Diversifying a board takes time and intent, and ideas like this

Boards of directors at many U.S. public companies continue to be dominated by white men, and these companies are missing the opportunity to have a significant competitive advantage in the marketplace.

Only about 20 percent of board seats at Russell 3000 companies are held by women, according to several analyses, while about 10 percent of seats are held by members of ethnic minority groups.

Certainly, making a corporate board more diverse is the right thing to do. But what’s often lost in the conversation is how board members from different backgrounds can bring powerful, fresh ideas and perspectives to your company.

Quite simply, leaders need to get advice from board members with a wide range of backgrounds if their businesses are to be truly effective. And concentrating on just one type of diversity — racial or gender diversity, for example — is not enough. In a March 2019 Harvard Business Review article, researchers argued that social diversity (race/ethnicity, gender and age) and professional diversity should both be considered when increasing board diversity.

Diversifying a board the right way requires an intentional effort with a long-term focus.

The first step is to make board diversity a priority for your organization. The advocacy group 2020 Women on Boards recommends several strategies, including: ask senior executives about qualified candidates who might not fit the typical profile, ask industry association leaders about candidates who’ve been speakers at their conferences, and contact the Women Corporate Directors foundation to share your board opportunity with its network.

At HCI Group Inc., we decided two years ago to try a unique approach, creating what we call the Board Observer program.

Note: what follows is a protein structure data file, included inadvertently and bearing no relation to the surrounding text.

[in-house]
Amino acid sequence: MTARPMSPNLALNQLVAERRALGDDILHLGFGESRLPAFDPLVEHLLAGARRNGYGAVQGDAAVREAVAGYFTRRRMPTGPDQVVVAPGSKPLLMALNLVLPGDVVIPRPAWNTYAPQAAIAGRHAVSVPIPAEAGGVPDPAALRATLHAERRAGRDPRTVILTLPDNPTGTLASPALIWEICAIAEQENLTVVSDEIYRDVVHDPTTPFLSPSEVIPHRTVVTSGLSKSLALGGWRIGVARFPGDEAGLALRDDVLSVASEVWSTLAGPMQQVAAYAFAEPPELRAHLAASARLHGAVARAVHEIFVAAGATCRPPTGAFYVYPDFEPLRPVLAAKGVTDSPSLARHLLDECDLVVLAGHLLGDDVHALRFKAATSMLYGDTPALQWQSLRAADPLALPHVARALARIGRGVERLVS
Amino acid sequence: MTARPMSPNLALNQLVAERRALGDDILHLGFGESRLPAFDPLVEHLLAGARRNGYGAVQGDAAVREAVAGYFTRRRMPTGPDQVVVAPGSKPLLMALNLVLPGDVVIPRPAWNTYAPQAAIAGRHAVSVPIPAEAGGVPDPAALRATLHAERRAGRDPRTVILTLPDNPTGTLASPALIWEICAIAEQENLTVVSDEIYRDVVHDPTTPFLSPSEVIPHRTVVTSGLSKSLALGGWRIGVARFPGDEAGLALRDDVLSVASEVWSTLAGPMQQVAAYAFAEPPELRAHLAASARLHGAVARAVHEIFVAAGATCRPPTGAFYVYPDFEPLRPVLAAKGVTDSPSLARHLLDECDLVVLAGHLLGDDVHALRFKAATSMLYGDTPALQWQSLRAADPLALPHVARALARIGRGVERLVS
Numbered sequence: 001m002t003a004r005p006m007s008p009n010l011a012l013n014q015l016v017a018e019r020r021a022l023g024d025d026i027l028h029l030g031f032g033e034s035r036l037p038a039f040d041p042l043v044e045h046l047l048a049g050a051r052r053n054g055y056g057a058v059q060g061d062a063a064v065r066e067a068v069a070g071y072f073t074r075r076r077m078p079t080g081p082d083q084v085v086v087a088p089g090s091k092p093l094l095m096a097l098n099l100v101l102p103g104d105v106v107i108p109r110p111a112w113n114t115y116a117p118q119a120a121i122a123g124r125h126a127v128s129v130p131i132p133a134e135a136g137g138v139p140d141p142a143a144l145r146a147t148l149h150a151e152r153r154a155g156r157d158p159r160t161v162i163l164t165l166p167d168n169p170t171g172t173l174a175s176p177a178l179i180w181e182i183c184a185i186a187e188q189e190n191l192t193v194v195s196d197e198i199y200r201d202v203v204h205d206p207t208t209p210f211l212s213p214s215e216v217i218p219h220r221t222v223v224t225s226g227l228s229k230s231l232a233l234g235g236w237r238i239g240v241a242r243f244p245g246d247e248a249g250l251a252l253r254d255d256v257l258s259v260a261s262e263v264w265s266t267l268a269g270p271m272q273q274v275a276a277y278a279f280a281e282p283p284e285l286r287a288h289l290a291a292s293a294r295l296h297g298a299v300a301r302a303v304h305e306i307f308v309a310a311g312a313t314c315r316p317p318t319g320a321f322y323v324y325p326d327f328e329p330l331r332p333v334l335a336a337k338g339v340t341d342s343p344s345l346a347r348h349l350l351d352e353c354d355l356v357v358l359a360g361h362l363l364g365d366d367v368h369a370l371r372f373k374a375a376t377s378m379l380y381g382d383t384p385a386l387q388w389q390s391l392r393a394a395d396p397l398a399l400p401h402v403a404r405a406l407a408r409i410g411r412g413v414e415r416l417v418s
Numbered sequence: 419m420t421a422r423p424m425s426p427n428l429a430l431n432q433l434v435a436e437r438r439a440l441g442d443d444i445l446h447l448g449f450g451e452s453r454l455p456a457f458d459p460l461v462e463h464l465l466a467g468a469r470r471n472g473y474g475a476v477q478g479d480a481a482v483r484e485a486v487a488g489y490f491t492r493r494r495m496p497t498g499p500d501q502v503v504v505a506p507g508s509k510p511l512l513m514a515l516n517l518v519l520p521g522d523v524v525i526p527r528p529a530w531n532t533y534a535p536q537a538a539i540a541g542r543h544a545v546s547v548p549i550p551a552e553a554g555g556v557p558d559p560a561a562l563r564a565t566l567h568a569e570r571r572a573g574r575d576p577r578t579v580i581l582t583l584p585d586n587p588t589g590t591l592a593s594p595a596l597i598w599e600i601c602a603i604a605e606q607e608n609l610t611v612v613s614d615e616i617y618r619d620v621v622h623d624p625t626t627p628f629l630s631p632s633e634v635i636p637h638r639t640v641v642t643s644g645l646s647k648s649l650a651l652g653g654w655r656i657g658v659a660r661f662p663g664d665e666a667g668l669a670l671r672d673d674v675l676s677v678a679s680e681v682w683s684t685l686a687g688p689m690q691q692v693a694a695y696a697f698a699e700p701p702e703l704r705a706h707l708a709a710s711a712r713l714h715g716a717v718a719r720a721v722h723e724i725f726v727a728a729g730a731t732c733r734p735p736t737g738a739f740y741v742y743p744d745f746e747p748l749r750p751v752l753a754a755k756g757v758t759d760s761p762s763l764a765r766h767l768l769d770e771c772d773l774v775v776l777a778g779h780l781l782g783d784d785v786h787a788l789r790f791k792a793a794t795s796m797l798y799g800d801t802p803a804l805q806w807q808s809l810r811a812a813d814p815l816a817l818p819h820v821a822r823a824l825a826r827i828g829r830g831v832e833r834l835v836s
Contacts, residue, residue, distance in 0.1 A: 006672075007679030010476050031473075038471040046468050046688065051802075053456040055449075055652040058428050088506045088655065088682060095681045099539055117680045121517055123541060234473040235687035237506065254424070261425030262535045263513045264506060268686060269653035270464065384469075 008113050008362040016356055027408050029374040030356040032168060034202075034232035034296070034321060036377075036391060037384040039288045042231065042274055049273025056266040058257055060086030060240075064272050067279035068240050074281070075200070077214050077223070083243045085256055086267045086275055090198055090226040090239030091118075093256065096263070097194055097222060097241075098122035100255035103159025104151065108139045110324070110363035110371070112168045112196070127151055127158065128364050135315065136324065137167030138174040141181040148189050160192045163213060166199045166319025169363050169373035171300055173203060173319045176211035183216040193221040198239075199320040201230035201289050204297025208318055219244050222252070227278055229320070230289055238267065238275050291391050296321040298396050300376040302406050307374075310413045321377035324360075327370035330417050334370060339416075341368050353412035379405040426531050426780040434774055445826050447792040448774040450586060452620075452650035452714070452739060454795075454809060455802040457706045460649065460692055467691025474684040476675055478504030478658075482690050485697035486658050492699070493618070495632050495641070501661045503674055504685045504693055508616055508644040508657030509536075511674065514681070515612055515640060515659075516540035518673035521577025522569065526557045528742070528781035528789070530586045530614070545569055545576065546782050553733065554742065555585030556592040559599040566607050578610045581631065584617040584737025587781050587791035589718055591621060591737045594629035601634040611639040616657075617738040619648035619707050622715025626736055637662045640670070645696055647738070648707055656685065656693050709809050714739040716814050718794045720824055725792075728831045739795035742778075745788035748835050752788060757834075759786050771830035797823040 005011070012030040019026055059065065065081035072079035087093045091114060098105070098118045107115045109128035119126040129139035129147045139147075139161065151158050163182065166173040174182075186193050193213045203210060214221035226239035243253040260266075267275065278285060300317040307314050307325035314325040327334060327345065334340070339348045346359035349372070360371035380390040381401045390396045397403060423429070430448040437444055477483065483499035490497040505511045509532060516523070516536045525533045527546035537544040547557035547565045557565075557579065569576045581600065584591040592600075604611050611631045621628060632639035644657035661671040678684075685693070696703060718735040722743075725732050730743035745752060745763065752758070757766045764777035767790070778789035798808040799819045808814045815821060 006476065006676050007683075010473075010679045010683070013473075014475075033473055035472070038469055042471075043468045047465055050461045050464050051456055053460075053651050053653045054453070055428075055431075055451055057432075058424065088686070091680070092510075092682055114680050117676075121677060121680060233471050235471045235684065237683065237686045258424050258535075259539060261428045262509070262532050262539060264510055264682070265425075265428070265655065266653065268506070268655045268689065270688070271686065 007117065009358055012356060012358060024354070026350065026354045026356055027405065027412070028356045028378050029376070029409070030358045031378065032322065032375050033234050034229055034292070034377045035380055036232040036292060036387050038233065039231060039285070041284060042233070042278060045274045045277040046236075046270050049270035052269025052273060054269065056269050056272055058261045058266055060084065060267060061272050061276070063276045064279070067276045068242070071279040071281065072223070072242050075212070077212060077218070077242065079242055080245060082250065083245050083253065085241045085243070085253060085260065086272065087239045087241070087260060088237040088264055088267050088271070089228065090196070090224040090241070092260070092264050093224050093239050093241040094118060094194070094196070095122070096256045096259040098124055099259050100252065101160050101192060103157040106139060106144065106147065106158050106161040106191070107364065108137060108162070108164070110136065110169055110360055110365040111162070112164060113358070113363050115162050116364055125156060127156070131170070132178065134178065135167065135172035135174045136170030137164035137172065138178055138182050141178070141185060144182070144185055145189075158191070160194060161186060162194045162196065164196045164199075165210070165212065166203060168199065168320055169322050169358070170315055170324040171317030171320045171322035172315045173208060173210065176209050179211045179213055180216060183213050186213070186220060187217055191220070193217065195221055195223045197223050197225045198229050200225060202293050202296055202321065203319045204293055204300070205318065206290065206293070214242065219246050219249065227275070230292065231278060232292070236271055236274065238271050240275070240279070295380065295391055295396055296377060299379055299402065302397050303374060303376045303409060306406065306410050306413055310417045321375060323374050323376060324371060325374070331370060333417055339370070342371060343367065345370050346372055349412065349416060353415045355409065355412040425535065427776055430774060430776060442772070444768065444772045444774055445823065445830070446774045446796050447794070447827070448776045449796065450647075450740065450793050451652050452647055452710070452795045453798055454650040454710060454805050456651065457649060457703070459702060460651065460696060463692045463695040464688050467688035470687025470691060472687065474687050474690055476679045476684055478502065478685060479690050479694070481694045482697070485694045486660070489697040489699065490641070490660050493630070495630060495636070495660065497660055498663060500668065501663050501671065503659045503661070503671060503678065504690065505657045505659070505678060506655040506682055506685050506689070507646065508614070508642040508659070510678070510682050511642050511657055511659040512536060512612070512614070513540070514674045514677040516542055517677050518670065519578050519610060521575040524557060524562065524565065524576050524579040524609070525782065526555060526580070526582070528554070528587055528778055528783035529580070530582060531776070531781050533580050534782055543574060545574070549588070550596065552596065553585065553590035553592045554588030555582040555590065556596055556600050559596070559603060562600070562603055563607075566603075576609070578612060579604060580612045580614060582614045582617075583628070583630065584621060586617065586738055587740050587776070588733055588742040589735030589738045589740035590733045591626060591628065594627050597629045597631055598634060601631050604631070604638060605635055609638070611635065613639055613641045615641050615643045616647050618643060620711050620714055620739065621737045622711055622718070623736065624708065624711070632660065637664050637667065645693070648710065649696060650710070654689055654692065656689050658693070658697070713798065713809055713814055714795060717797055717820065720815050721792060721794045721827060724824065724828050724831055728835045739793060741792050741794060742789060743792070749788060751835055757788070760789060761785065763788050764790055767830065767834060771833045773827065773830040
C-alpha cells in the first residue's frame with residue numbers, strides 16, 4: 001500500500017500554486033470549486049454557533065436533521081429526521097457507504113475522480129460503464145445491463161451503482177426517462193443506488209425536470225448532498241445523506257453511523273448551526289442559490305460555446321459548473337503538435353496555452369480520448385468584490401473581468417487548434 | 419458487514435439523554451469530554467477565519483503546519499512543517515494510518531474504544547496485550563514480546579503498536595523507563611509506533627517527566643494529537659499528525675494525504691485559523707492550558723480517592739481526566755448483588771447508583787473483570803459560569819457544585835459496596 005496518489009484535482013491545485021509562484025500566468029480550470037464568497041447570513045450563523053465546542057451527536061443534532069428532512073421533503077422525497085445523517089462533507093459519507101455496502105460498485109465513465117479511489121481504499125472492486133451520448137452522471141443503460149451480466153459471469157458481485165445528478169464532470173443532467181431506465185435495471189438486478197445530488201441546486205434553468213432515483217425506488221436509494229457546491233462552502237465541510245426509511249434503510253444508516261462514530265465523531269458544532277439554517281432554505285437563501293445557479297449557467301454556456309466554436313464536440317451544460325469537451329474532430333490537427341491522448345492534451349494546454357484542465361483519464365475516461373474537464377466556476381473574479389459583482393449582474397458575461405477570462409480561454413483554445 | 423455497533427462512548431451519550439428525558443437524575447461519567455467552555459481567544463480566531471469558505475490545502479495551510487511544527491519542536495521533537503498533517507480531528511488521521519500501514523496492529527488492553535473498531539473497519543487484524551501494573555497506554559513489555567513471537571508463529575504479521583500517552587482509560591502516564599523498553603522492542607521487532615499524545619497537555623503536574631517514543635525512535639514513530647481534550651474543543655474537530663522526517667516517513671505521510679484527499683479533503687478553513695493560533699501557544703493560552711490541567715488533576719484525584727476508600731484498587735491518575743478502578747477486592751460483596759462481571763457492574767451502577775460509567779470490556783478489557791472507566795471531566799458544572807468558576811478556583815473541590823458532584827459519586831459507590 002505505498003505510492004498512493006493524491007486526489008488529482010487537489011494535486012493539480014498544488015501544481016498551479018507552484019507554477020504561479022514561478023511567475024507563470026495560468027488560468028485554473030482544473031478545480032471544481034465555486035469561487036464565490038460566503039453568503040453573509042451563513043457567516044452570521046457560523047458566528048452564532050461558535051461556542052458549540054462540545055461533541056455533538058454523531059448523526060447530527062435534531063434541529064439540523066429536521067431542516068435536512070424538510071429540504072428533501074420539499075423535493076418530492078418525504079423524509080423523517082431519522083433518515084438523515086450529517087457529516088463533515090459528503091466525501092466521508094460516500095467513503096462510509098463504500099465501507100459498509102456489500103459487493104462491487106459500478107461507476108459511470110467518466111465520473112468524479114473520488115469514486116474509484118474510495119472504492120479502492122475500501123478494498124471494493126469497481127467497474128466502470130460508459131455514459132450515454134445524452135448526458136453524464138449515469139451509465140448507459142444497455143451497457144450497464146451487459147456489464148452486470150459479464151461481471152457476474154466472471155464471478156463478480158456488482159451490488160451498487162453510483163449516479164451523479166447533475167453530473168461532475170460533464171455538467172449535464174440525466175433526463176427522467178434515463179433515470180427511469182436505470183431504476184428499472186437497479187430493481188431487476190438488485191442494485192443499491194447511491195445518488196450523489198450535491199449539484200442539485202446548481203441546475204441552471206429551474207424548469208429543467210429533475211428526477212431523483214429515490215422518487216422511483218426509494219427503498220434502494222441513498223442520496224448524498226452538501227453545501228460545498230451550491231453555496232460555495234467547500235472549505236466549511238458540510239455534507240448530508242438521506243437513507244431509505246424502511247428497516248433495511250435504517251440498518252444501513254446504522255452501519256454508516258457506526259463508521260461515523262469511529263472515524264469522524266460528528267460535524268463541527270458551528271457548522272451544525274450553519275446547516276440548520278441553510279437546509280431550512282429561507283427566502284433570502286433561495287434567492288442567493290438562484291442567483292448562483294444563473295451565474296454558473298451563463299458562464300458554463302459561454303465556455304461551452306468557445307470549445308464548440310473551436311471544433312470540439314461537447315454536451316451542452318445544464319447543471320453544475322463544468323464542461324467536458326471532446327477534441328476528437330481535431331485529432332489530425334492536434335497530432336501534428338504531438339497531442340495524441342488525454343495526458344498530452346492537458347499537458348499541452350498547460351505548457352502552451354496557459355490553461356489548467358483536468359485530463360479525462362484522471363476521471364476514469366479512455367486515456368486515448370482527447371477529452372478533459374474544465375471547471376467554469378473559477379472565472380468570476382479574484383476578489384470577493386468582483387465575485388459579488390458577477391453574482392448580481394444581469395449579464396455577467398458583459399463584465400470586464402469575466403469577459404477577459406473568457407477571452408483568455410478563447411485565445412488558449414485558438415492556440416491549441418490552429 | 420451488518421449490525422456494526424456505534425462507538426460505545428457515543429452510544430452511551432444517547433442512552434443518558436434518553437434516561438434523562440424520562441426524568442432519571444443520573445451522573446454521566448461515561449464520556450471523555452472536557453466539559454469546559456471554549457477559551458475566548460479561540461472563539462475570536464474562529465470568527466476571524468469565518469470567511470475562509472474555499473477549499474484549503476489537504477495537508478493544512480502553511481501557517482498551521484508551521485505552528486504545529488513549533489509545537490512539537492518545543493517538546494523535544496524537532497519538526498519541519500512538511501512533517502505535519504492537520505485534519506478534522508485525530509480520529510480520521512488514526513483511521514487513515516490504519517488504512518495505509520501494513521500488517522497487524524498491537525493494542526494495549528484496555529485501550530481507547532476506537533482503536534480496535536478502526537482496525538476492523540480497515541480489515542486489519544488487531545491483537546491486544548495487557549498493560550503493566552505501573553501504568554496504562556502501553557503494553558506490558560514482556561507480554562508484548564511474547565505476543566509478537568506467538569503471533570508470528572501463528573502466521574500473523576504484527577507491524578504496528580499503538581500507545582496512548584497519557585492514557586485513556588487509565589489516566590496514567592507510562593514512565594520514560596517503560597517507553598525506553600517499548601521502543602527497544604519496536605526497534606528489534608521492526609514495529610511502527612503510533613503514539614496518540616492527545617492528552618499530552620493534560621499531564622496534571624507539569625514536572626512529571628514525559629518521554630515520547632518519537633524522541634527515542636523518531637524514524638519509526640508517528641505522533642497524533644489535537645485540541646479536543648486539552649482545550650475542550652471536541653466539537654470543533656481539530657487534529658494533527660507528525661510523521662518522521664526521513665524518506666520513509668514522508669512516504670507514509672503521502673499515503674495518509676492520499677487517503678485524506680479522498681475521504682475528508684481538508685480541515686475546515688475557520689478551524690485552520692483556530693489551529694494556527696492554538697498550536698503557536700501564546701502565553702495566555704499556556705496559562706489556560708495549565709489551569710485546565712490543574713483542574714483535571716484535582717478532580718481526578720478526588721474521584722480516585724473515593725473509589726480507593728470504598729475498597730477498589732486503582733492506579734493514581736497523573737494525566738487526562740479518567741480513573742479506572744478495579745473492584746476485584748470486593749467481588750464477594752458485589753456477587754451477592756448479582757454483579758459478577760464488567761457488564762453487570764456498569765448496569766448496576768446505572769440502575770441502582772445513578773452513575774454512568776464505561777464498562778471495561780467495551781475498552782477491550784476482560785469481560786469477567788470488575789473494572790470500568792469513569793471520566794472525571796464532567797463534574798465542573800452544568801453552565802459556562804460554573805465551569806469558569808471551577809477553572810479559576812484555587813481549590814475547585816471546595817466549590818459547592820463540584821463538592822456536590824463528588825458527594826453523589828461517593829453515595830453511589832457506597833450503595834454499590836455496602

Each year, we pick two businesspeople to observe our board meetings, participate in discussions, and learn what it takes to be an effective board member. Our goal was twofold: to build a group of potential candidates for our own board while preparing qualified people for board roles at other companies who’ve been overlooked for such positions in the past.

To our knowledge, HCI’s Board Observer program is the only one of its type in the country. While some companies have used board observers to provide specific technical expertise, we haven’t heard of any other companies running a program specifically designed to prepare board candidates for the future.

At the end of their terms, our first two Board Observers, accounting executive Loreen Spencer and technology executive Sue Watts, joined our board. We now have two new Board Observers, Lauren Valiente, a litigation lawyer, and Peter Politis, founder of a legal services firm. All four have provided valuable insights and perspectives that we wouldn’t have gotten if we were still selecting board members using the tired methods of the past.

Too often, after companies decide they want to diversify their board, they go through the same short list of candidates that everyone else looks at, so the same people get opportunities over and over again.

Companies usually look only at CEOs and CFOs for board seats, ignoring the fact that so many qualified executives never attain these positions. In 2018, 78 percent of new board director positions at the nation’s largest companies went to current or former CEOs and CFOs, according to the 2019 Board Monitor report from Heidrick & Struggles. 

The experience of being a Board Observer has shown Loreen and Sue that being an effective board member may require learning a new business (we are a technology-heavy company with subsidiaries in insurance and commercial real estate), and requires a commitment to hard work along with the confidence to state your opinions.

We are always looking for more candidates for our Board Observer program – anyone interested can reach out to HCI Group at contactus@hcigroup.com. Though we don’t currently have openings on our board, we know we will in the future. Also, we want to prepare folks for possible board positions at other companies.

The payoff for a company that diversifies its board is a group of advisers that provides smart, impactful ideas. And this will make a difference in your business, I assure you.